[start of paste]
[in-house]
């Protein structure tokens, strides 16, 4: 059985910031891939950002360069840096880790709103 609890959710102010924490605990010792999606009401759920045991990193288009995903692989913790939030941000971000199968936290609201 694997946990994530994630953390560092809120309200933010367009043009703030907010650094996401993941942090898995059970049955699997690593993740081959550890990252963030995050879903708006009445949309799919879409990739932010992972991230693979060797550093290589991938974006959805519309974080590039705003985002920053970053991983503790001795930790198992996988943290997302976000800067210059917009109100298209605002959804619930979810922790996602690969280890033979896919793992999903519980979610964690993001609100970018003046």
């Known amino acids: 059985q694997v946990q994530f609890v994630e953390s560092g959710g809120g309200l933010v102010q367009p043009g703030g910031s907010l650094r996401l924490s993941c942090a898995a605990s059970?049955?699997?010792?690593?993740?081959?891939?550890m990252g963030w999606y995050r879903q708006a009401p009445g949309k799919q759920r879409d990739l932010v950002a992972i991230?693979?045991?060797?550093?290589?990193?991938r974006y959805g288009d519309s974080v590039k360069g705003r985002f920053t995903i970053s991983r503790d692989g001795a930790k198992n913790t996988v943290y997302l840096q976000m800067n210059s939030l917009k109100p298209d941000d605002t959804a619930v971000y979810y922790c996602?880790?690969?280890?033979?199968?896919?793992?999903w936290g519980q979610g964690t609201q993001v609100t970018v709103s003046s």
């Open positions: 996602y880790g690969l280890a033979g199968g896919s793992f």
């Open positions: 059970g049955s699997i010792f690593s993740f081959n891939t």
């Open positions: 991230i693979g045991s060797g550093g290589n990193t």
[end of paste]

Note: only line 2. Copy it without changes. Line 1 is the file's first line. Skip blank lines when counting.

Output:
């Protein structure tokens, strides 16, 4: 059985910031891939950002360069840096880790709103 609890959710102010924490605990010792999606009401759920045991990193288009995903692989913790939030941000971000199968936290609201 694997946990994530994630953390560092809120309200933010367009043009703030907010650094996401993941942090898995059970049955699997690593993740081959550890990252963030995050879903708006009445949309799919879409990739932010992972991230693979060797550093290589991938974006959805519309974080590039705003985002920053970053991983503790001795930790198992996988943290997302976000800067210059917009109100298209605002959804619930979810922790996602690969280890033979896919793992999903519980979610964690993001609100970018003046």